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Brooks Rehabilitation training athletes of all abilities to dominate the DONNA Marathon

"If I can do it, anyone can do it,” said Elizabeth Caruso, who has a visual impairment.

JACKSONVILLE, Fla. — Thousands of athletes have been training for months for the DONNA Marathon, including participants with disabilities from Brooks Rehabilitation Center.

"If I can do it, anyone can do it,” said Elizabeth Caruso, who has a visual impairment.

Caruso plans to finish her first marathon on a tandem bike with her partner.

Continually, Caruso finds her bike, straps in and is ready for another day of training alongside dozens of her peers.

The fleet of cyclists training for the DONNA range from those with visual impairments to people who are paralyzed—all who are incredibly strong.

“I don’t get intimidated,” Caruso said.

Regardless of Caruso’s training, she still needed a set of eyes on the road.

“I have the eyes, she has the legs,” her partner Carl said. “I’m just going to sit here, she’s going to pedal and push me.”

“I trust him with anything,” Caruso added. “I trust him with my life to be exact.”

Caruso is an example of how the power of adaptation can be life-changing—thanks to Brooks Rehabilitation.

Caruso isn’t the only success story—Brooks has a fleet of cyclists of all types of disabilities conquering the marathon.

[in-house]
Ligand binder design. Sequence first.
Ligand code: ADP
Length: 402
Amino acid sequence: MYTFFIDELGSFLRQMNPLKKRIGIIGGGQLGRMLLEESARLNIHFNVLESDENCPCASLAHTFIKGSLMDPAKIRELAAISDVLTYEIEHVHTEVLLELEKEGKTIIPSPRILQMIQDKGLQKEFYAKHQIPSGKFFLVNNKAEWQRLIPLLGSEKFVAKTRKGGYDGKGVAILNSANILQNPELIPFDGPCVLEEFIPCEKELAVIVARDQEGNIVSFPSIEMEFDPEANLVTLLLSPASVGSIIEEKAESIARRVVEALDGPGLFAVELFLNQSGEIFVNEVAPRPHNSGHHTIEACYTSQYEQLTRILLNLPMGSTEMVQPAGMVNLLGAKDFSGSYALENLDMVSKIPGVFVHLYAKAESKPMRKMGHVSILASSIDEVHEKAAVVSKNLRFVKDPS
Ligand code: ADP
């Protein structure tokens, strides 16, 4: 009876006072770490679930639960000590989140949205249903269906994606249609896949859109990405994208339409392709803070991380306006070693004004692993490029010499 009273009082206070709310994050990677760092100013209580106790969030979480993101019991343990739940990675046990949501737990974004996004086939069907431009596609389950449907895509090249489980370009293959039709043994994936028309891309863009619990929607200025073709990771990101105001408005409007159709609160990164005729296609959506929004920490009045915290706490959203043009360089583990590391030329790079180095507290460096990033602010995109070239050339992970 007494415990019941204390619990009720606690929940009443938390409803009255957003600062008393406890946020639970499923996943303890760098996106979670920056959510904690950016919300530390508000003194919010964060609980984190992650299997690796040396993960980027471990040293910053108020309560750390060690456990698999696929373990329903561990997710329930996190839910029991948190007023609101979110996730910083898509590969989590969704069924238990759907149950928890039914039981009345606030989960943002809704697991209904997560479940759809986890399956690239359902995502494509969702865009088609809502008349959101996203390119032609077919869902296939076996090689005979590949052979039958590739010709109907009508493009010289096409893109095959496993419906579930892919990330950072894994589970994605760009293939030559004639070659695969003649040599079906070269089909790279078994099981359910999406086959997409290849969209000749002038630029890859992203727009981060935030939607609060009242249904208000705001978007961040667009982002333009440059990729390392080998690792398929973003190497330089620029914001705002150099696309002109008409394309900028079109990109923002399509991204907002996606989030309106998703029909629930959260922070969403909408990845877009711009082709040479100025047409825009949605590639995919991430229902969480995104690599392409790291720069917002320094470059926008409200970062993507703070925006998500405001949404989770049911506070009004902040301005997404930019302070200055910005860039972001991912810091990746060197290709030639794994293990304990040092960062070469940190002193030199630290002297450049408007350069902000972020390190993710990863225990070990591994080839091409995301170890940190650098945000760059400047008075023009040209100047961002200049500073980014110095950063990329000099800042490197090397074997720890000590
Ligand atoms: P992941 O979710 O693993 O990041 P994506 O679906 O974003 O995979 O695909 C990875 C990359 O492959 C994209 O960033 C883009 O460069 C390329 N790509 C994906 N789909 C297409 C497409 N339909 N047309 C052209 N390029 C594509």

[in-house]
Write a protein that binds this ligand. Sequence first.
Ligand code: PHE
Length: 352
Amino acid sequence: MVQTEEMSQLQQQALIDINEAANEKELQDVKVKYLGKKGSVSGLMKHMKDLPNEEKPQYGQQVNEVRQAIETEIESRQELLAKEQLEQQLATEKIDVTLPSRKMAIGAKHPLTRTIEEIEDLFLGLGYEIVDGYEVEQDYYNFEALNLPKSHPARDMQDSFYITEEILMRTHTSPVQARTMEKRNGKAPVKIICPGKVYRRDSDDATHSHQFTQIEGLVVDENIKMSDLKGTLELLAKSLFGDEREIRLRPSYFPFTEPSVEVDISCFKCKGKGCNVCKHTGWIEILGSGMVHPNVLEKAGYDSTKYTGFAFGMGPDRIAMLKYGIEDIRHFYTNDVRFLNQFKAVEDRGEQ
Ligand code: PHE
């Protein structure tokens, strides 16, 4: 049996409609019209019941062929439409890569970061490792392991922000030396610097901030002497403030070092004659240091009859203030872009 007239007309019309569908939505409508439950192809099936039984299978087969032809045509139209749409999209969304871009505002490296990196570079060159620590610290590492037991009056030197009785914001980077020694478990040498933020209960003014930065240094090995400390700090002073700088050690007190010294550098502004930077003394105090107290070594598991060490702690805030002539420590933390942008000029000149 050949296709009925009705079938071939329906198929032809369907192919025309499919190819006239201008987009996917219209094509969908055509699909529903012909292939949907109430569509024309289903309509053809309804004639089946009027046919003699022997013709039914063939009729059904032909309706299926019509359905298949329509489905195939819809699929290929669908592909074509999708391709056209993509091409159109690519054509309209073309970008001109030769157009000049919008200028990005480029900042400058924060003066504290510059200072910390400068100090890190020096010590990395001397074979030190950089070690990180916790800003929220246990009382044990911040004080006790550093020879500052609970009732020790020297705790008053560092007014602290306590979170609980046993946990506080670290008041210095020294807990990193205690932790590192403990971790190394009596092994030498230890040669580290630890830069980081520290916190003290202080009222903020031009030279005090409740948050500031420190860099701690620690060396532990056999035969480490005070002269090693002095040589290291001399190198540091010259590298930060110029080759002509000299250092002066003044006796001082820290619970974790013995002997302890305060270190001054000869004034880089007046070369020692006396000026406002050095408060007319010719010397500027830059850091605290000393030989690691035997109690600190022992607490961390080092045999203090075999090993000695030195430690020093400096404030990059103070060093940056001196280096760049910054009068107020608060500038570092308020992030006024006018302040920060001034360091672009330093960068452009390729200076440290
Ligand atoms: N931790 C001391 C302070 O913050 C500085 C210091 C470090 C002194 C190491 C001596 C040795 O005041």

“So many times after a traumatic accident, you have that checked-out look—that thousand-yard stare,” said Scott Brown from Brooks Rehabilitation. “But they keep coming back and they get stronger and healthier. You can see that spark back in their eye again and you know they’re going to be okay.”

Brown uses a wheelchair himself after a severe car accident. He said he used to have that "thousand-yard" stare, but thanks to the people in his life and activities like those that Brooks offers, he is back to a full and happy life.

“Doing a marathon is a milestone,” Brown said. “So, so many people say ‘there’s no way I can do that.’ But there are adaptations. If it can be done, we will do it.”

Brooks makes it happen because they see that something as simple as the DONNA Marathon can be life-changing.

“A lot of people with disabilities are concerned about what they can’t do,” said Ann Popick, a program specialist at Brooks. “This shows them what they can do, and it shows in their daily lives.”

“Don’t think you can’t do it,” Caruso added. “You can do anything you put your mind to.”

If you’d like to participate or volunteer in the many adapted sports brooks has to offer, you can find those resources here.

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